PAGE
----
Opinion

OPINION | Curtis Varnell: The forgotten vehicle made and designed especially for Arkansas terrain

A beautiful car, the Climber was made of 20-gauge steel over a wood frame and came in maroon, green, and battleship grey with a folding roof and multi-colored wheels.

(Courtesy photo/Museum of Automobiles, Petit Jean, Ark.)
A beautiful car, the Climber was made of 20-gauge steel over a wood frame and came in maroon, green, and battleship grey with a folding roof and multi-colored wheels. (Courtesy photo/Museum of Automobiles, Petit Jean, Ark.)

Ribbons of light extended north for miles. Slowly, we inched up the road toward Hopper tunnel on Interstate 49, following the reflective red lights of the vehicles in front of us.

An accident or a stranded vehicle had created a logjam of automobiles extending for miles. A century ago, it would have been impossible to even imagine the number of cars in my view, let alone the nearly 300 million cars that now exist in America, more or less.

By the late 1800s, America was well on the way to developing a vehicle that would take the place of the horse and buggy. Many of the first models were powered by steam, perhaps accurately called the locomobile. They were limited in mileage and were quickly replaced by the more efficient gasoline powered engine.

The first known automobile in Arkansas was owned by Levi Keys of Little Rock, who gained the vehicle on May 4, 1900. Crowds gathered and stood along the streets to admire the vehicle as Keys drove around town. Within months, others had purchased similar vehicles.

The Arkansas Gazette covered dozens of stories involving the new vehicle, many detailing the hazards associated with the new apparatus. Horses, panicked by the loud noise and unusual appearance of the car, conducted mad runaways down the streets. Other stories described the broken bones and bruised limbs associated with the crank required to start the engine.

As a portent of things to come, in 1902, John McGuire of Little Rock suffered the first known car accident when he lost control of the vehicle and it crashed into a pole. Other stories described car theft and joy riding, something too many are very familiar with today.

Use of the automobile expanded rapidly with factories in the north turning out hundreds of vehicles. Sensing a great business opportunity, William Drake, Clarence Roth and Davis Hopson of Little Rock determined to construct a car company that would turn out vehicles suited to the rough roads and terrain in the South.

It was incorporated as the Climber Motor Company and began production in 1919. Constructing a factory at 1823 East 17th Street in Little Rock, they first began production of a small Climber Truck. George Schoeneck, a Detroit automotive engineer, was hired as chief engineer with a beginning contract to produce 50 four-cylinder cars.

Initially, the factory could produce two vehicles a day, but quickly became more efficient. By the end of the first month, it could turn out five vehicles daily.

The Climber was an excellent vehicle for its time and capable of handling the bad roads found in Arkansas at that time. An endurance test was conducted during the winter of 1919-'20. Under the supervision of William Owen, state highway commissioner, the Climber was started in Little Rock and ran for 20,239 miles through the worst roads in the state.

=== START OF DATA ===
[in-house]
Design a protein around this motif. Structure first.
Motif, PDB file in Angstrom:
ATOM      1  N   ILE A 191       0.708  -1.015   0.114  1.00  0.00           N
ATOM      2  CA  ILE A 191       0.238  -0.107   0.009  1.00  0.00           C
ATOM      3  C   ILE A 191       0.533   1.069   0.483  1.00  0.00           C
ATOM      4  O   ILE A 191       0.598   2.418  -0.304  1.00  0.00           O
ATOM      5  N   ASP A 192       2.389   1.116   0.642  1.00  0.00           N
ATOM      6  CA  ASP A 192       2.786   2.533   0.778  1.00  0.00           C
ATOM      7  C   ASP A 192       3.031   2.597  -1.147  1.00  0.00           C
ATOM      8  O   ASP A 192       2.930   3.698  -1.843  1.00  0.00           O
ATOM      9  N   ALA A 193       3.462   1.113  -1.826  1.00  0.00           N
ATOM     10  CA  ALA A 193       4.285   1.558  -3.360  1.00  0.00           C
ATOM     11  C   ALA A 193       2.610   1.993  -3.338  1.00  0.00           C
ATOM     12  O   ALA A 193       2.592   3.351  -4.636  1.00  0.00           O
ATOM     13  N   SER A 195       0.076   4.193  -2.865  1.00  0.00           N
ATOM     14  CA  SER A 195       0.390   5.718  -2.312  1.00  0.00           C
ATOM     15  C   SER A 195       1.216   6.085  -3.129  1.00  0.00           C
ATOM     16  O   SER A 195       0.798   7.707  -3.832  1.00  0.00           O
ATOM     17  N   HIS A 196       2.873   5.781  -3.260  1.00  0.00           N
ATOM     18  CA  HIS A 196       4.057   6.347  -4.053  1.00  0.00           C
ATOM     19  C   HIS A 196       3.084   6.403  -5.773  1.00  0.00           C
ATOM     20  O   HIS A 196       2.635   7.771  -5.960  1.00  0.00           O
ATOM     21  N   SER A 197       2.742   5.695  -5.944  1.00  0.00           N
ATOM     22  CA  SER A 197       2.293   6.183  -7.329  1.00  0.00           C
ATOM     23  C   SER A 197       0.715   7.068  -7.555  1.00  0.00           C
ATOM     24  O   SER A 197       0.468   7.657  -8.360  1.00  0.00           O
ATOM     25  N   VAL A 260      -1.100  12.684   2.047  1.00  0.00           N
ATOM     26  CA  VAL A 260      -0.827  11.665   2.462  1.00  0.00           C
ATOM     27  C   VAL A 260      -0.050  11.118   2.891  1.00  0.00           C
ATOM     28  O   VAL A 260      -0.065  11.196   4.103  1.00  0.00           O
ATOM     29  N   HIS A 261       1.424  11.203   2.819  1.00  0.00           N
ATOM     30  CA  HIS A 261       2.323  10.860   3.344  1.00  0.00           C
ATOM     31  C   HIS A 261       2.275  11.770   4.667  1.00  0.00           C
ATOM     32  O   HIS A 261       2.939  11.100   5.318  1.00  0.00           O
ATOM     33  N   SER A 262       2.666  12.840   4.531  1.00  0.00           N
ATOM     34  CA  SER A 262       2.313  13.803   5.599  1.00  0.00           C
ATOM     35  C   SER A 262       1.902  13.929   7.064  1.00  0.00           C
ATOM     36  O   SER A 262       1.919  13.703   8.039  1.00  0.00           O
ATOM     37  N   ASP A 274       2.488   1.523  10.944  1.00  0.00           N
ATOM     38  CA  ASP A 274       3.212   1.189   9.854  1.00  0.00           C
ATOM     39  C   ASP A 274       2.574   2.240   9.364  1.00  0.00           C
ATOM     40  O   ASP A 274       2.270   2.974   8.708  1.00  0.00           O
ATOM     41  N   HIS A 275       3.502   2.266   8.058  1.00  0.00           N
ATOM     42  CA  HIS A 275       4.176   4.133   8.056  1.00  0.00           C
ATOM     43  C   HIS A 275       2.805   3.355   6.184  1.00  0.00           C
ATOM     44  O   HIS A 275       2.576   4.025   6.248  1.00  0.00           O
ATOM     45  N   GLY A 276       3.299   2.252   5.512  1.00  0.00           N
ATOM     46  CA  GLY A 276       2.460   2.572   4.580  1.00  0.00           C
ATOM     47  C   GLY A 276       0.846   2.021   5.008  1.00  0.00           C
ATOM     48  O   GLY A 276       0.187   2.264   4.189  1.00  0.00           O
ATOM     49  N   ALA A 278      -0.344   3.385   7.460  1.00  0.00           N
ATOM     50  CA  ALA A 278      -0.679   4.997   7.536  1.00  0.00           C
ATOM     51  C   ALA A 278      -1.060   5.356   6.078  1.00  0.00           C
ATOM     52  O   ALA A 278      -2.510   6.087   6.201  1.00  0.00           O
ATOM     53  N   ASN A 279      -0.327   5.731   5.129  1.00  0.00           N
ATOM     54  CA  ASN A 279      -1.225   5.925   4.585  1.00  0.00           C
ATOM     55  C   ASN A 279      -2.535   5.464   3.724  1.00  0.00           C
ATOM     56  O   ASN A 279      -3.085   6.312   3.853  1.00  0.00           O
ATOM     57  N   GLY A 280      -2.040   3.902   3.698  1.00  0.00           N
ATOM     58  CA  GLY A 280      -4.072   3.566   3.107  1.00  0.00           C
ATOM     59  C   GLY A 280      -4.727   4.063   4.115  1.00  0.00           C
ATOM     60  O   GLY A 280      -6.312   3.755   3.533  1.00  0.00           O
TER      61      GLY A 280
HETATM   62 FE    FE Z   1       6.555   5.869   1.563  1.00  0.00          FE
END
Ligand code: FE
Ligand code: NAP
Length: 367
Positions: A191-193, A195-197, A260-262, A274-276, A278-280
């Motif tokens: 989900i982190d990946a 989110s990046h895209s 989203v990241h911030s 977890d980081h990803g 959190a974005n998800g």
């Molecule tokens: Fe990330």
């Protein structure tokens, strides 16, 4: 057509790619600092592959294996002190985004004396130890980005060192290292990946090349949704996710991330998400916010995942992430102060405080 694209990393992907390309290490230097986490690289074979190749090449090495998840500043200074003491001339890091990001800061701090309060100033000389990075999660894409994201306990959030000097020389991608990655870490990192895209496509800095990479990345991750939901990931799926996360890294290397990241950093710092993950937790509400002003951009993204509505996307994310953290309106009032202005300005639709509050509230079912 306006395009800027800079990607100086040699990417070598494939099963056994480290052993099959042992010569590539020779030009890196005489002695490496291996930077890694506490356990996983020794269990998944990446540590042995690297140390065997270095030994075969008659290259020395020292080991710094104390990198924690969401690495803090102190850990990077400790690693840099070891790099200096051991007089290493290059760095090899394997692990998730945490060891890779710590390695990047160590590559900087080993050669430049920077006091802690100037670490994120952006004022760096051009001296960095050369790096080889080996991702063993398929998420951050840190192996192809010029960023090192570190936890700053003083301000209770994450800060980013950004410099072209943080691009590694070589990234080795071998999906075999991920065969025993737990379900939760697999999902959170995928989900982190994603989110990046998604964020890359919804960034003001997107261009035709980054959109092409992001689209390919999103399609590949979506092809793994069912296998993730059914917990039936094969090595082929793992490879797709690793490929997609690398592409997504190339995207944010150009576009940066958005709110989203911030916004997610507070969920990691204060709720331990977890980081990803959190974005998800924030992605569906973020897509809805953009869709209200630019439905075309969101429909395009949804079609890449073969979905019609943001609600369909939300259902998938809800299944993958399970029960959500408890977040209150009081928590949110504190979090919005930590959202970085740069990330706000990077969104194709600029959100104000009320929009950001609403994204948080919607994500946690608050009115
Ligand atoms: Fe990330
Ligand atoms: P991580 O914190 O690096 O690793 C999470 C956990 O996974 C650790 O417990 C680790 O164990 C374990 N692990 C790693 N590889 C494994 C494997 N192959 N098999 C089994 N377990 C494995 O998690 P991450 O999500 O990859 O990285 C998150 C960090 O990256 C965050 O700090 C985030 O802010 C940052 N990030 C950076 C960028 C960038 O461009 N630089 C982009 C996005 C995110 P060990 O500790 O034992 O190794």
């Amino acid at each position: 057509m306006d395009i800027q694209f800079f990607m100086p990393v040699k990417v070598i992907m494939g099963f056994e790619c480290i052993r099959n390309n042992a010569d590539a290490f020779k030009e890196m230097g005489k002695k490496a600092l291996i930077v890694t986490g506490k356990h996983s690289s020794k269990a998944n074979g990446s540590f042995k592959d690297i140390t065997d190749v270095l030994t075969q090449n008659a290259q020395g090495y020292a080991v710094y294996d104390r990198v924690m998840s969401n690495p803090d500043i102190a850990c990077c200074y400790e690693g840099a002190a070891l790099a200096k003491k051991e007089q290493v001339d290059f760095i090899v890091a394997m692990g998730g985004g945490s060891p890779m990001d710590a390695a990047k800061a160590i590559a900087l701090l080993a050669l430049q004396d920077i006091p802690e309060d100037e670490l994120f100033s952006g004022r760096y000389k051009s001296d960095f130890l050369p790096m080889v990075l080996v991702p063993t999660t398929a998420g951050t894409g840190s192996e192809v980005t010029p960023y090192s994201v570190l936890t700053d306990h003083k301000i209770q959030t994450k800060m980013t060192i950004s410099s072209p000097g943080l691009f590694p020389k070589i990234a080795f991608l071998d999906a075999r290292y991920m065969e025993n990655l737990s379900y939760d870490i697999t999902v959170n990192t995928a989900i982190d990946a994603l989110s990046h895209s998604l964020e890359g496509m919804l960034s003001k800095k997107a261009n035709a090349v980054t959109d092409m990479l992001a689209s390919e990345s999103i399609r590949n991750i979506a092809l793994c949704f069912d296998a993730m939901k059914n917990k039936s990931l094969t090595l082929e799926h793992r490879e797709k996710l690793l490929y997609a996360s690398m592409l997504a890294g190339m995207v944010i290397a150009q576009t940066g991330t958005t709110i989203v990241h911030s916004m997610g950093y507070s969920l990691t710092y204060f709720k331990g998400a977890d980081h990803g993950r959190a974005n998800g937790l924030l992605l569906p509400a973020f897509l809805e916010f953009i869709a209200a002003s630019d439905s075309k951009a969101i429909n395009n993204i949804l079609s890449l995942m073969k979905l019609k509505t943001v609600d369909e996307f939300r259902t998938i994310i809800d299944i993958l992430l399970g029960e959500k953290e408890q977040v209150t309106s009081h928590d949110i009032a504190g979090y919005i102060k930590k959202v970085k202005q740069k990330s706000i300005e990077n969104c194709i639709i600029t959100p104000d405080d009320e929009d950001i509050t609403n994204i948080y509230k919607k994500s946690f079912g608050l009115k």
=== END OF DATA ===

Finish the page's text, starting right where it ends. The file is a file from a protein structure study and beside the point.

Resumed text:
To further prove its durability, the car was driven up the steps of the State Capitol and was advertised as "Made in Arkansas for Arkansas roads." A beautiful car, it was made of 20-gauge steel over a wood frame and came in maroon, green, and battleship grey with a folding roof and multi-colored wheels.

During its five-year existence, the company constantly battled financial problems. The Climber-6 sold for $2,250 dollars while Henry Ford was mass producing the Model T at a cost of $355. By 1922, there were only 96 Climber passenger cars and 8 Climber trucks in the state, but there were nearly 50,000 Ford vehicles.

Unable to compete, Climber was forced to close its doors.

Climber produced a total of about 200 cars and approximately 100 trucks during their years of production. With the quality and durability of the vehicle, you would expect to see many of them in car collections around the U.S., but only two are known to exist today. Both are found at the Museum of Automobiles located on Petit Jean Mountain near Morrilton.

As I looked at the long line of cars before me and contemplated the wait, I wished for one of those Climber trucks. I could envision a turn onto the dirt track off the interstate, a bumpy trudge down the hillside, and a journey on to Fayetteville across the back road challenge that the Climber was made for: "an Arkansas car for Arkansas travel."

  photo  Sensing a great business opportunity, William Drake, Clarence Roth and Davis Hopson of Little Rock determined to construct a car company that would turn out vehicles suited to the rough roads and terrain in the South. (Climber Motor Corporation Ad courtesy of the Encyclopedia of Arkansas)
 
 
  photo  This was the first car in Chismville, Ark. (Courtesy photo/ Arkansas Gazette)
 
 
  photo  The first Arkansan to own a car gained one in 1900. The Arkansas Gazette covered dozens of stories involving the new vehicle, many detailing the hazards associated with the new apparatus, including horses panicked by the loud noise and injuries associated with the crank required to start the engine. (Courtesy photo/Arkansas Gazette)
 
 

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